I’ve written frequently about the growing influence of artificial intelligence tools on healthcare delivery. These include not only support for advanced analytics and adaptive processes but also a growing number of clinically-oriented chatbots.
As far as I knew, these trends were early in their lifecycle, and ventures dipping their toes into healthcare AI were still just dots on a map. Apparently, I was way off on this one.
According to a recent article from CB Insights, healthcare has been, and continues to be, the top industry for AI investment deals. According to the company, there were 29 venture capital investments in healthcare AI last quarter, and from what analysts are saying, that number may rise substantially over the next few quarters. In fact, analysts noted that as of late August, it looked like this quarter’s level of healthcare AI deals would beat the previous quarter’s results.
Just to be clear, CB Insights’ definition of “healthcare AI” covers a lot of ground. The firm defines AI in healthcare as occurring when startups leverage machine learning algorithms to reduce drug discovery times, provide virtual assistance to patients or improve the accuracy of medical imaging and diagnostic procedures – plus some additional unspecified additional applications. (Its list does exclude hardware-focused robotics startups and health-related AR/VR ventures.)
Still, even if you peel away the drug discovery, research and diagnostics investments, there’s plenty of VC deals to track. For example, UK-based Babylon Health raised $60 million in funding the past quarter, the largest funding round tracked by CB Insights. Perhaps this is less surprising given that Babylon Health’s first VC deal included money from Alphabet’s DeepMind Technologies, a nice pedigree for any startup, but it’s still a huge deal. (As you’ll see if you click the link, DeepMind has plenty of healthcare IT development of its own going on.)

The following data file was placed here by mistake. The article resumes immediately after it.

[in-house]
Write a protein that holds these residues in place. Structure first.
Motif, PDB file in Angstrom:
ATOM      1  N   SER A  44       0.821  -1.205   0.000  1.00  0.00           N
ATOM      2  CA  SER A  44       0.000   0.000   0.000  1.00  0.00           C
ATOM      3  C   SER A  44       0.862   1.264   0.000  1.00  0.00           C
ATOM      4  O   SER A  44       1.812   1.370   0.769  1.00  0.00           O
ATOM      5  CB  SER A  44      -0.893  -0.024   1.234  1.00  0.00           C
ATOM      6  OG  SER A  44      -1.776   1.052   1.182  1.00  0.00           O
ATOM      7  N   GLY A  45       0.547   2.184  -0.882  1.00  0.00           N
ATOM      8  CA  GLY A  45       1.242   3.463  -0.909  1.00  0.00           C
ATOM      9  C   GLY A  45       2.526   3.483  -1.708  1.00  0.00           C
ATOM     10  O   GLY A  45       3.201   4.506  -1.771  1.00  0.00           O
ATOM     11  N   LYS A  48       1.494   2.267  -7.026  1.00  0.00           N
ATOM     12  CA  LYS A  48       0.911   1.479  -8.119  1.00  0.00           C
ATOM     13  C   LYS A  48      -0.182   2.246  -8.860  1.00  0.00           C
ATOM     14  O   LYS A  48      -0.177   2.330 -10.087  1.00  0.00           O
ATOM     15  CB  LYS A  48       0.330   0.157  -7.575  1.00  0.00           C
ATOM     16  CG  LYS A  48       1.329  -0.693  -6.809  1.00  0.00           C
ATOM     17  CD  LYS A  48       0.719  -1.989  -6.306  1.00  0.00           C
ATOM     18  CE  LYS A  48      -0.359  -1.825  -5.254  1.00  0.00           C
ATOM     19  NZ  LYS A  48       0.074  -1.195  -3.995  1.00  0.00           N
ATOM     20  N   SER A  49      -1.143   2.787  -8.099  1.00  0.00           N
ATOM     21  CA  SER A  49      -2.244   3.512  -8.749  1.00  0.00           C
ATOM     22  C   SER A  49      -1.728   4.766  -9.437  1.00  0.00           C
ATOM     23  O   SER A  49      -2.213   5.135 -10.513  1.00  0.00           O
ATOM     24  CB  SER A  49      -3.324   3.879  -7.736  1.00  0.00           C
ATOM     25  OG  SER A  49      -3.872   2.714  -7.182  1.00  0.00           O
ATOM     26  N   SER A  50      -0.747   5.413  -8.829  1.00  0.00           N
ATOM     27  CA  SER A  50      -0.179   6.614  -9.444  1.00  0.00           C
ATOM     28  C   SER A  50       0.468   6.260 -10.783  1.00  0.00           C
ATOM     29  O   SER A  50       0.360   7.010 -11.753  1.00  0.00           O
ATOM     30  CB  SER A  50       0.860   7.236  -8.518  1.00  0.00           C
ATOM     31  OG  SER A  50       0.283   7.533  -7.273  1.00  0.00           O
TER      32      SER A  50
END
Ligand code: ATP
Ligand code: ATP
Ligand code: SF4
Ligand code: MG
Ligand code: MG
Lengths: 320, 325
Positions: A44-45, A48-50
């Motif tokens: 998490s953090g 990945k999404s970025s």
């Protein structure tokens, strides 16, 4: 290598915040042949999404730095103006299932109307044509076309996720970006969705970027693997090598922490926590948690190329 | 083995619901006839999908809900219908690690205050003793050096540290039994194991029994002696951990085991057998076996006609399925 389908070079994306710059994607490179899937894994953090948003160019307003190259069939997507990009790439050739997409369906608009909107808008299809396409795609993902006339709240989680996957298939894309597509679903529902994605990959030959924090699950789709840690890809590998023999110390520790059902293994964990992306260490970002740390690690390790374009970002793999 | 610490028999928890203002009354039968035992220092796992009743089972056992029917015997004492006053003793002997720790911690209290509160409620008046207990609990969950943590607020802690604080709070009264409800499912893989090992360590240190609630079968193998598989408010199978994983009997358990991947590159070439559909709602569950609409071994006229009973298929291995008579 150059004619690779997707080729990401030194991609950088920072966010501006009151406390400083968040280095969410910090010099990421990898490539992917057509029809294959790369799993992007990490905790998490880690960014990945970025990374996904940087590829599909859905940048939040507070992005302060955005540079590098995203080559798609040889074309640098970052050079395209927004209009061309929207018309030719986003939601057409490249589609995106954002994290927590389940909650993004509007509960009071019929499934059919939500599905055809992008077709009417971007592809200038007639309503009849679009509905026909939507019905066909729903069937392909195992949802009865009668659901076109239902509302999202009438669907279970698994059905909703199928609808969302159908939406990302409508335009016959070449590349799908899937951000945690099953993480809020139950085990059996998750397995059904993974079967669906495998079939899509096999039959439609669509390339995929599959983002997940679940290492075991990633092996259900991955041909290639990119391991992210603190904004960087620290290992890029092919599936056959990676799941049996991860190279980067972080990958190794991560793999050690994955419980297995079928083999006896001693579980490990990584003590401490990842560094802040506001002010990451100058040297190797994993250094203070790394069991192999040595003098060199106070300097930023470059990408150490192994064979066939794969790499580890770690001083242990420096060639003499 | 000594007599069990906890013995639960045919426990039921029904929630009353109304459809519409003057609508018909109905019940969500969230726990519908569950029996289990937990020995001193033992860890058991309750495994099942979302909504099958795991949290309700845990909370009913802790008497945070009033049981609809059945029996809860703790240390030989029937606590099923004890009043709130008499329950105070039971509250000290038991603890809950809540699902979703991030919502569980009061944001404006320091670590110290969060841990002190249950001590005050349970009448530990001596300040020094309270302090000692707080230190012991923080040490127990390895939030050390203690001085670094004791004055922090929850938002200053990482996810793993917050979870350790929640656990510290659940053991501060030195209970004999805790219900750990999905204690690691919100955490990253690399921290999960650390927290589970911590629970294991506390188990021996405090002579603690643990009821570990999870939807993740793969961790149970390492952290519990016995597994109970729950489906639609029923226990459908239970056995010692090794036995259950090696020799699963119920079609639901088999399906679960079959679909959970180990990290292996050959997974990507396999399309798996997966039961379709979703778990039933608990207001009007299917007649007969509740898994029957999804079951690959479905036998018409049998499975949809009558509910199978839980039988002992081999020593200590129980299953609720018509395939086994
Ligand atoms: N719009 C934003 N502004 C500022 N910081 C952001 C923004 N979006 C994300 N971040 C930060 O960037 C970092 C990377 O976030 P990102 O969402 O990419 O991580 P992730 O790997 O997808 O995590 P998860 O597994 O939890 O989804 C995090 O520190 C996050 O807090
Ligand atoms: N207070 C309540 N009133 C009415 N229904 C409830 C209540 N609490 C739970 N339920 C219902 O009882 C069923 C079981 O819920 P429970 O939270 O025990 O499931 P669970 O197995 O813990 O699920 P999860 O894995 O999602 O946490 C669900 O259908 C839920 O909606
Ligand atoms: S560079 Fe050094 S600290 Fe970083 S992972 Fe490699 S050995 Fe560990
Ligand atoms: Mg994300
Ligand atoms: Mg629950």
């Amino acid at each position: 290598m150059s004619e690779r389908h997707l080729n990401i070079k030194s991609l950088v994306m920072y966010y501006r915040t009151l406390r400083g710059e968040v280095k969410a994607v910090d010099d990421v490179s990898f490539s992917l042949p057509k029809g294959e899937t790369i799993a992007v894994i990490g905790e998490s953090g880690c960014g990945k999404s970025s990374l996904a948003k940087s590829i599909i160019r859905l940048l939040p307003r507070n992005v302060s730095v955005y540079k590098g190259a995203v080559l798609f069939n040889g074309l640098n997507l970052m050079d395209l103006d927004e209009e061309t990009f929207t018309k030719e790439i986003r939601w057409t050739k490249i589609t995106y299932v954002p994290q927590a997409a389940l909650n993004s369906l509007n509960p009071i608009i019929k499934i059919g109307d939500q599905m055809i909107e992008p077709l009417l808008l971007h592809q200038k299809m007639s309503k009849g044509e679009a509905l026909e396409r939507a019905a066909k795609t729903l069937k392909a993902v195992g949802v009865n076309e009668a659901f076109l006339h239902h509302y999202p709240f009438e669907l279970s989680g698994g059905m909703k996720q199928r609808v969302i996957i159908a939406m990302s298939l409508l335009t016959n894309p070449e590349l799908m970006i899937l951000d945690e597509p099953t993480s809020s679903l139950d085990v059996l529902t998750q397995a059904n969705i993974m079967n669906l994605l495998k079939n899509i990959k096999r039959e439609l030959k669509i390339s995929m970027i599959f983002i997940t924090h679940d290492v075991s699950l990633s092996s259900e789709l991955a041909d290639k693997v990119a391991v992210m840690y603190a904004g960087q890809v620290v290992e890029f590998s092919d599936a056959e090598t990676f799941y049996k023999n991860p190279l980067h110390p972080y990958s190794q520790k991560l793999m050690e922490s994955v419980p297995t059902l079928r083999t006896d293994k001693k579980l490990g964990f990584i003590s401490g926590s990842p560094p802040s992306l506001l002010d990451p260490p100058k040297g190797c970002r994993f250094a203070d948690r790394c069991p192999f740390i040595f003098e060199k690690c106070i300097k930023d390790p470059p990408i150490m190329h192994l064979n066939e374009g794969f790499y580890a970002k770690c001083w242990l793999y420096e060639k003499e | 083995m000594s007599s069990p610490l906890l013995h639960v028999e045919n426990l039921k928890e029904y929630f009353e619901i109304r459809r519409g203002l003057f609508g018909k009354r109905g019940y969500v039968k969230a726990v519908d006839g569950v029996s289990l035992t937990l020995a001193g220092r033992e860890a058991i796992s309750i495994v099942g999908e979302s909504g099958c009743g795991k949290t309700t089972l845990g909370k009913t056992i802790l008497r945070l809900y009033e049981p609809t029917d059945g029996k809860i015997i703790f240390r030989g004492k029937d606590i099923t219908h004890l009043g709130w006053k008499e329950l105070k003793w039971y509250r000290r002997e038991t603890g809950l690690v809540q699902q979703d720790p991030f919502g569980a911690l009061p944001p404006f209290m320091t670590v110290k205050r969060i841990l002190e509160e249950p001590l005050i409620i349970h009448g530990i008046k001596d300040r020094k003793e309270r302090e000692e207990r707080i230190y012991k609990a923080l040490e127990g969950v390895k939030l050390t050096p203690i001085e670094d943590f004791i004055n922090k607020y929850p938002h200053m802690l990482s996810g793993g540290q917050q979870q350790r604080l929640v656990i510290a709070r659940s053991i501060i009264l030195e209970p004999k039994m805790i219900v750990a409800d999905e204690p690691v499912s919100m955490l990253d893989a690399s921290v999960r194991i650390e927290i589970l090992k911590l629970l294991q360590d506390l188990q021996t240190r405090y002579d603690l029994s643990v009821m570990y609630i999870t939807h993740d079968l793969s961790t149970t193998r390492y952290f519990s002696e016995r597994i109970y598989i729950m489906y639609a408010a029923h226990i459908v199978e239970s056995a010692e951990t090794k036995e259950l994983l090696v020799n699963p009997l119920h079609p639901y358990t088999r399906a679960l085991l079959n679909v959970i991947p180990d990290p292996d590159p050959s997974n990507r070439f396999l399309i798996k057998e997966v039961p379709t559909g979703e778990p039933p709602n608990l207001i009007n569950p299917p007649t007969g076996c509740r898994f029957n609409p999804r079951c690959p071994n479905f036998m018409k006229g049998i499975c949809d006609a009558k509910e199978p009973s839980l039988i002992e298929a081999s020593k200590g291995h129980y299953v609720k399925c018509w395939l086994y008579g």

Other interesting funding deals included investments in mental health startup Spring Health and risk analytics company OM1, which snagged $15 million in Series A funding. Also, CB Insights found that while most deals involved US companies, four healthcare AI investments went to companies in India and three to companies in China.
Having absorbed this data, I’m eager to see whether my pet interest makes it onto CB Insights’ radar for Q3 of this year. You may already have a general idea about how AI is being deployed in predictive analytics for use in clinical care improvement, or to increase researchers’ ability to pinpoint genes for precision medicine projects, but you may not be aware that another hot application for AI use in healthcare is to provide counseling (and perhaps, in the future, psychiatric services) via chatbot.
I find these services particularly interesting because psychotherapy via AI has some characteristics which differentiate it from many other forms of AI-driven clinical options. One standout is that people may actually tell a chatbot more than they will a live person in some cases, which makes such bots helpful in supporting populations (such as soldiers with PTSD) which might be unlikely to open up otherwise. Let’s see if such applications attract big VC investors anytime soon.